City Sports Raises Focus on Kids

City Sports is making a bigger play for the children’s business.

The Boston-based specialty sporting goods retailer has expanded its CS Kids offering, first introduced in 2011, to six more of its locations, including Harvard Square in Cambridge, Mass.; Georgetown in Washington, D.C.; and 50 Broadway in New York. With the wider rollout, children’s merchandise is now featured in 14 of the chain’s 23 doors.

“Expanding our youth selection was a natural progression. We’re already serving the athletic moms and dads, and are working with vendors that have a strong kids’ business, so it makes a lot of sense for us to be in the category,” said Karin Piscitelli, director of marketing, noting the retailer’s children’s business has experienced double-digit growth since its launch. “We’ve seen the value in catering to the athletic family, rather than just the adult athlete, [with] one-stop shopping.”

Piscitelli said frequent requests from customers first prompted City Sports to begin testing youth product two years ago in key suburban doors in Wayne, Pa.; Silver Springs, Md.; and Wellesley, Mass. “We launched during the holiday season in 2011, and the returns [on investment] were pretty immediate,” she said. “It was very apparent we had a real opportunity.”

Although Piscitelli acknowledged there is significant competition in the kids’ athletic arena, she said City Sports fills a niche. “On one side, you have the big-box sporting goods retailers, and they certainly cater to families and do it well with their vast selection. But they can’t rival our customer service. Then you have the specialty running shops, but it’s very rare to find a kids’ footwear offering from them. So we have a great little niche we can address. That’s why we believe the kids’ business is such a lucrative one for us to get into,” she explained.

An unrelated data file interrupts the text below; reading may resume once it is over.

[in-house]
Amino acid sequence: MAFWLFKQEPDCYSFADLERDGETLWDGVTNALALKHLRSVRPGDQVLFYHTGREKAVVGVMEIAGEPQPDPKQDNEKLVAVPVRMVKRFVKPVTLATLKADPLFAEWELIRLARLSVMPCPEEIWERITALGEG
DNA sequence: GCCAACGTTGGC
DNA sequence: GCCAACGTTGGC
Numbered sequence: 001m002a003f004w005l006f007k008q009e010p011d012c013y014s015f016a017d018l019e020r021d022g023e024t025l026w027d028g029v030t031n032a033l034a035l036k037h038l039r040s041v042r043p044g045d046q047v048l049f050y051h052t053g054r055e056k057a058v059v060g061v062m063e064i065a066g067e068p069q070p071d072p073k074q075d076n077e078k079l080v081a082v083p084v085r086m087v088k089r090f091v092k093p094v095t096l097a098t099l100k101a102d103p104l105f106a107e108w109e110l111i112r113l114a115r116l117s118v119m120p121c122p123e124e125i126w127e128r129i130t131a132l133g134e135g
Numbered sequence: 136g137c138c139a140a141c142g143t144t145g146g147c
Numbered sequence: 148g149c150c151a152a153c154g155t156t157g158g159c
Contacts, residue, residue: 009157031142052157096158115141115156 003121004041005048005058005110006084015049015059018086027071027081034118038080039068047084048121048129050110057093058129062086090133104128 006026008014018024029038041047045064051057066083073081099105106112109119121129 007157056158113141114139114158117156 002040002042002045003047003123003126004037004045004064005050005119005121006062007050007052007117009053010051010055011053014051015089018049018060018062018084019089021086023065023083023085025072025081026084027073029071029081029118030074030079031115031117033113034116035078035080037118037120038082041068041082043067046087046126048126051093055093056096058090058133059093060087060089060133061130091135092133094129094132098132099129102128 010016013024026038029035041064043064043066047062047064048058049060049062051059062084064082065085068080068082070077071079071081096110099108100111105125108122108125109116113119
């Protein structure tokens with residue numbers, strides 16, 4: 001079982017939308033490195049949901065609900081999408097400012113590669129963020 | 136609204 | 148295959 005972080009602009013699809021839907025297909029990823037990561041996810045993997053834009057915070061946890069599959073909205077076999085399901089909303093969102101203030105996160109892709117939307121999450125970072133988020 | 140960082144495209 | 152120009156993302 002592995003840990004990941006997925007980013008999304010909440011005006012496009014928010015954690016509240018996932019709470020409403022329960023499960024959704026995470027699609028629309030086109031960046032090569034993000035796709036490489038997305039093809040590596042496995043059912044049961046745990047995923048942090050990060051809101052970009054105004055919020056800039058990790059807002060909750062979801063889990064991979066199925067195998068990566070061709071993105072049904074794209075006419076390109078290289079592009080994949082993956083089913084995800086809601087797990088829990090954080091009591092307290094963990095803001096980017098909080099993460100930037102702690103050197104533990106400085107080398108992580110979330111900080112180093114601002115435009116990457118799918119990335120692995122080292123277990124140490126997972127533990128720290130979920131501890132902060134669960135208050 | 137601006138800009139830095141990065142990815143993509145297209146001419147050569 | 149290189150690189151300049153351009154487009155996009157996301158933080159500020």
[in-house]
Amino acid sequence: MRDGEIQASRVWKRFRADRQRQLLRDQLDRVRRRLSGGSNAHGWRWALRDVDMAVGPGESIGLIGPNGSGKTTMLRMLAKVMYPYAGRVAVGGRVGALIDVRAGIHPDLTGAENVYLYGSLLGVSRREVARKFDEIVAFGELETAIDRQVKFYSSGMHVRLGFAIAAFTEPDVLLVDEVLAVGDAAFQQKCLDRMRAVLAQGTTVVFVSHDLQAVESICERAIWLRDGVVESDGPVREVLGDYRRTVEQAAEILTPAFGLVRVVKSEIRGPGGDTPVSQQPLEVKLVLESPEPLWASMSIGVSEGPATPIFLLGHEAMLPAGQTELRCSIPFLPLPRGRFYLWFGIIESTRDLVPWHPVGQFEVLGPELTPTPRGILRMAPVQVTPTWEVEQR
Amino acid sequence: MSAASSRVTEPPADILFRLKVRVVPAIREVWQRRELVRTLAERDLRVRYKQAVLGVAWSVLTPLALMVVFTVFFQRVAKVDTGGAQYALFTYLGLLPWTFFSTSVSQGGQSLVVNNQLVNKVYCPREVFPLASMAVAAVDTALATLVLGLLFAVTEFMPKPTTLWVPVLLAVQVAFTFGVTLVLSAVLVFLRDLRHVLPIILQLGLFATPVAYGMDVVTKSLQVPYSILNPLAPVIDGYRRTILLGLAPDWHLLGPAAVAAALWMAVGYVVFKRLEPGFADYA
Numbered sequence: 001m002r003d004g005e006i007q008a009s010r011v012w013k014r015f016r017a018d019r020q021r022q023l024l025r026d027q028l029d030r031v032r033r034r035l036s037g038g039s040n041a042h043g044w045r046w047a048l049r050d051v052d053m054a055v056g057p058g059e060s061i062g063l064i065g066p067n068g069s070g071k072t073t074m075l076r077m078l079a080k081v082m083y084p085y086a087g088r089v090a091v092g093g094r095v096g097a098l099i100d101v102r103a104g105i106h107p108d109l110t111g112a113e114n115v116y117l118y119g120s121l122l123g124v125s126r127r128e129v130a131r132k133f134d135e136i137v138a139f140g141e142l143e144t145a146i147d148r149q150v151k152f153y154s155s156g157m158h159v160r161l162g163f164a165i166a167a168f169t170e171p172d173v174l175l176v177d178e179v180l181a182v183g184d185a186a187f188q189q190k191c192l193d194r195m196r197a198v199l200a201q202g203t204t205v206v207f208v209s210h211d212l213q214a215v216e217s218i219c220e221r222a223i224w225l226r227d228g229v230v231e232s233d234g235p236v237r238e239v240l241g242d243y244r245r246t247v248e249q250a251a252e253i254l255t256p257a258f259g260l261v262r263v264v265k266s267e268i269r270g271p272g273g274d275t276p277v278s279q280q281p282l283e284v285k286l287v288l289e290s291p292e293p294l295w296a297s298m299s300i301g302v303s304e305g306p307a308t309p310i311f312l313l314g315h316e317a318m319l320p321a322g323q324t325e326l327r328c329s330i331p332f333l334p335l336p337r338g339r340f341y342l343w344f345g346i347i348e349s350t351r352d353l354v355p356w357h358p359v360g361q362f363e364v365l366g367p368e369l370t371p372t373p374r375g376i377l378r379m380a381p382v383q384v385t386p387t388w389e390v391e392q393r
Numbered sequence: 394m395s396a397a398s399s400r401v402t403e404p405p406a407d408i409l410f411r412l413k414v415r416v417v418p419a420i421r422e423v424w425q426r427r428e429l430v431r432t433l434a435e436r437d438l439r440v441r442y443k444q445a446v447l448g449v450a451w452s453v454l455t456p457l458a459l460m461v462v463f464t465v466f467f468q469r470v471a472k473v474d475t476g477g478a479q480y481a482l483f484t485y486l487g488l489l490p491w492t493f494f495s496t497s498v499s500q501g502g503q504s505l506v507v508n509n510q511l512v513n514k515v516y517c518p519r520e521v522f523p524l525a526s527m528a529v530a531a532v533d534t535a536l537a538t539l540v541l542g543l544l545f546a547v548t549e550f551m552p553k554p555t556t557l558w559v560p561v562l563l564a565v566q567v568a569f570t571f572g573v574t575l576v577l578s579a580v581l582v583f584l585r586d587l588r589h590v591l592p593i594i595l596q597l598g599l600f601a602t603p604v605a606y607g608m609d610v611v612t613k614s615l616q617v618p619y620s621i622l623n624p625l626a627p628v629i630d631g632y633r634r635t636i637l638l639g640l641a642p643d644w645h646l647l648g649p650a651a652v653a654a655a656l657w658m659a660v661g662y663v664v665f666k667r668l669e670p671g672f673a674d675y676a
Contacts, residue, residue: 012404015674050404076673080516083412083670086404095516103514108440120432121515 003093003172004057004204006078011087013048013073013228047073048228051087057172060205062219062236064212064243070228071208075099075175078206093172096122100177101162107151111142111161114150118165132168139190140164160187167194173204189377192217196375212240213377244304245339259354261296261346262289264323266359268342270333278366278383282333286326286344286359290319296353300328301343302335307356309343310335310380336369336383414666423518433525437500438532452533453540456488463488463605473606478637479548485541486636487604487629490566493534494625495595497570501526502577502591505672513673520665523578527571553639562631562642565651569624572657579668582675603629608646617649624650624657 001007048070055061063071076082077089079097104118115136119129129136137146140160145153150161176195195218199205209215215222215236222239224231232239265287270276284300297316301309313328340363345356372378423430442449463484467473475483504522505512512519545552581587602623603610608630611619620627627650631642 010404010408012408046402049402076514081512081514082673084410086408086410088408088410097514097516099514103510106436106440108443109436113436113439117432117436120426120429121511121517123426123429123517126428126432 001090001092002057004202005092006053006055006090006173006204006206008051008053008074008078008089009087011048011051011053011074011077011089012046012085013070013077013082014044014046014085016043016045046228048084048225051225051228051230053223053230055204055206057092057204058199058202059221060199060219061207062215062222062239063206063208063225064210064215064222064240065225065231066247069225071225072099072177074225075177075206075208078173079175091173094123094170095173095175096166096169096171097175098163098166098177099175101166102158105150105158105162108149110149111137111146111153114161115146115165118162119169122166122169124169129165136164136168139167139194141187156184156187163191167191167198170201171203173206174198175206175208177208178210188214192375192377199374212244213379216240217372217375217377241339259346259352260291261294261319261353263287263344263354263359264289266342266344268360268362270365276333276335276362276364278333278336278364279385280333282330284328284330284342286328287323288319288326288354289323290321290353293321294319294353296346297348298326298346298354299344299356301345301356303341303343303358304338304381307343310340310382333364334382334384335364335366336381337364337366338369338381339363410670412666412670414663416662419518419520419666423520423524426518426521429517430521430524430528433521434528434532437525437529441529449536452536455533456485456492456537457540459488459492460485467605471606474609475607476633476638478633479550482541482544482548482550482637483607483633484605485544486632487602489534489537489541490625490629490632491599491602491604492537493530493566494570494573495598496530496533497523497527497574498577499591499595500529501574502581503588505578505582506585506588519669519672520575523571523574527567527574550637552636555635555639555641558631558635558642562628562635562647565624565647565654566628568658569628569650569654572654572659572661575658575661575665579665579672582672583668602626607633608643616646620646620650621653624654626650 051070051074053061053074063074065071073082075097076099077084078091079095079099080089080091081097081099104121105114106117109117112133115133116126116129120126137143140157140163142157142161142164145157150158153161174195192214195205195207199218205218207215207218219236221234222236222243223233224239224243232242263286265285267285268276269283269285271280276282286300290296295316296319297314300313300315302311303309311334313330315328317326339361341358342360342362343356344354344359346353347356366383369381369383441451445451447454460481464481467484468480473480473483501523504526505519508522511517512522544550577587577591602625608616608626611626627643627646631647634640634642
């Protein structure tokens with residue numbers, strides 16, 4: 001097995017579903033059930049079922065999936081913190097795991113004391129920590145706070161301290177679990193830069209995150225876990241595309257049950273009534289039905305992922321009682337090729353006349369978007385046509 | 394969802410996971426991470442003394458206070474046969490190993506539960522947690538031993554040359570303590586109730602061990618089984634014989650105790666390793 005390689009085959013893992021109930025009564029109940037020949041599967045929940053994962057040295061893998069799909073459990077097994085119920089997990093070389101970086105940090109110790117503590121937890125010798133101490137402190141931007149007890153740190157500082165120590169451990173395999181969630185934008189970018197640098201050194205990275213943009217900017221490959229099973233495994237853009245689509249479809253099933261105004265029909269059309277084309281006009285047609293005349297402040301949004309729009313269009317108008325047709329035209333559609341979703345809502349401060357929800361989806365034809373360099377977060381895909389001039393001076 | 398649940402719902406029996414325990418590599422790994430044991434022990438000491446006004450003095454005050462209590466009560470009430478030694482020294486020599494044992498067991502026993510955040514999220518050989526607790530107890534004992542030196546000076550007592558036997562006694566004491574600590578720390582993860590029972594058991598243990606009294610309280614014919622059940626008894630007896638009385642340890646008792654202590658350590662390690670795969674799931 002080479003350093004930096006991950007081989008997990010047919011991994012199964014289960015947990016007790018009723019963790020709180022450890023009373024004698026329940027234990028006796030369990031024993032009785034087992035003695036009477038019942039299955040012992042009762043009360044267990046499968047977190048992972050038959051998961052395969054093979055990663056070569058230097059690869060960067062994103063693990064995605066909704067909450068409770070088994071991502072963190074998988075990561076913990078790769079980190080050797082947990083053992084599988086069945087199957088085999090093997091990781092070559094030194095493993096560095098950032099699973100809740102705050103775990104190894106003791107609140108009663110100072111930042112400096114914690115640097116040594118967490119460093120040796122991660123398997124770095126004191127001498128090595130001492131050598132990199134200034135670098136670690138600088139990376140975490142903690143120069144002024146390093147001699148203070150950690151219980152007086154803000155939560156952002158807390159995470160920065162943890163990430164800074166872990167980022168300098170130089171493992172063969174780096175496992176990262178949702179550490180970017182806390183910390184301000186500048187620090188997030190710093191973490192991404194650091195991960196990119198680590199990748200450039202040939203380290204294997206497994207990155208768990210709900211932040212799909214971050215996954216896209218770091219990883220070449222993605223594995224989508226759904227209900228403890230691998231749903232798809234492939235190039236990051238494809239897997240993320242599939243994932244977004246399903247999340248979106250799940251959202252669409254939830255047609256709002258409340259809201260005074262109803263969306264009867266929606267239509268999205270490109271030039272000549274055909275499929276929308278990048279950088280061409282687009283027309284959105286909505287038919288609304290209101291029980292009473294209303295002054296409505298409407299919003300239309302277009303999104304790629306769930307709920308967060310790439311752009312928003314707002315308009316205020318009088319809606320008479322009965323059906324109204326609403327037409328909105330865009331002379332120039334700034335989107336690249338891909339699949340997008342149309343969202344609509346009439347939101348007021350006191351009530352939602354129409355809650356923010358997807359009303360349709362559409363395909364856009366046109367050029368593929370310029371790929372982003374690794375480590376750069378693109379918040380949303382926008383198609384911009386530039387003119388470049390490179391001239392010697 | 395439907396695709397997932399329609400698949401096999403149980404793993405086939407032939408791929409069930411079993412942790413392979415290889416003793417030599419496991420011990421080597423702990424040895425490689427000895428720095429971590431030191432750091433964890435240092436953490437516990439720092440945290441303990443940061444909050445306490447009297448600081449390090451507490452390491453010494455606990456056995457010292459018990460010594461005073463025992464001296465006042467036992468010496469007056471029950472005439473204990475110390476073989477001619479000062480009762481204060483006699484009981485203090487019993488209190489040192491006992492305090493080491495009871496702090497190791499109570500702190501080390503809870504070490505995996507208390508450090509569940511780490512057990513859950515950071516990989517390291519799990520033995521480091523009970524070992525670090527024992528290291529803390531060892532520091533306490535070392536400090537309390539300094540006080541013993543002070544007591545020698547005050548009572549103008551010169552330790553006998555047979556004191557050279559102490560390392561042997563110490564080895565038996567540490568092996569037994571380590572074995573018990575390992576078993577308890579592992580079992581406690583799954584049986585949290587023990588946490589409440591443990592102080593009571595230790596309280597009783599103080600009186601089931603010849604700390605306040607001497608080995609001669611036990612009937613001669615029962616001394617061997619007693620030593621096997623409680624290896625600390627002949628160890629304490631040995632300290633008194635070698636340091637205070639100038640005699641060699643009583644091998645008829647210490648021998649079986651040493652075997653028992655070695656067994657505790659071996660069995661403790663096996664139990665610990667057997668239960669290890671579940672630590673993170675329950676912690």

City Sports’ footwear mix for children features core athletic brands including Nike, Asics and Saucony; outdoor styles from Keen and Sorel; soccer and baseball cleats; and a small selection of lifestyle-driven looks from Toms Shoes, Ugg Australia, Chooka, Crocs and Converse.

“Our kids’ assortment follows our adult assortment,” said Brian Trask, footwear category manager. “We look first at the technical side and those key running takedowns. Then we look at other sports and lifestyle brands we already do a pretty big business with and bring them down into youth [sizes].”

The youth apparel selection includes performance wear from Under Armour, Nike, Patagonia, Asics and The North Face. Rounding out the offering is a wide range of sports equipment, including shin guards, soccer balls, baseball gloves and swim goggles. “With our footwear, apparel and hard goods, it’s a three-divisional approach, so we can cover kids head to toe for sports,” Trask noted.

In select locations, licensed local school gear is available, which helps draw families into the stores and boosts sales.

Adam Peake, SVP of U.S. sales for Under Armour, said City Sports’ strong emphasis on merchandising should provide an edge in the category. “[The retailer] provides a high level of service and merchandising in-store, allowing [us] to tell our stories around new products and innovations. We have so many features and benefits that we put into our kids’ products that the stories must be told in-depth. City Sports helps us do that,” Peake said.

The chain also brings an expertise in sit-and-fit service to its kids’ departments. “Our sales associates are highly trained across all categories,” Piscitelli said. “We do gait analysis, although with kids, it’s a bit different because they haven’t grown into their gait yet. But if a mom comes in and says, ‘My child may be having shin split issues,’ we can point her to the right footwear that might alleviate that. So it’s just adapting our ‘Find Your Fit’ service to kid-specific needs.”

To market its youth offerings, City Sports is making a major social media push, targeting mom- and family-focused blogs. Another big advertising initiative is planned for the spring, when children will be gearing up for a new sports season. The chain also is exploring hosting grassroots events for kids, including races and clinics on topics such as injury prevention and sportsmanship.

With the continued growth of the category, Trask said City Sports will look to broaden its youth assortment with additional brands and sizes. He added there is strong potential to roll out CS Kids departments chainwide in the future. “Kids’ is definitely a significant growth opportunity for us,” he said. “We will continue to analyze the metrics and see where we can take the business.”

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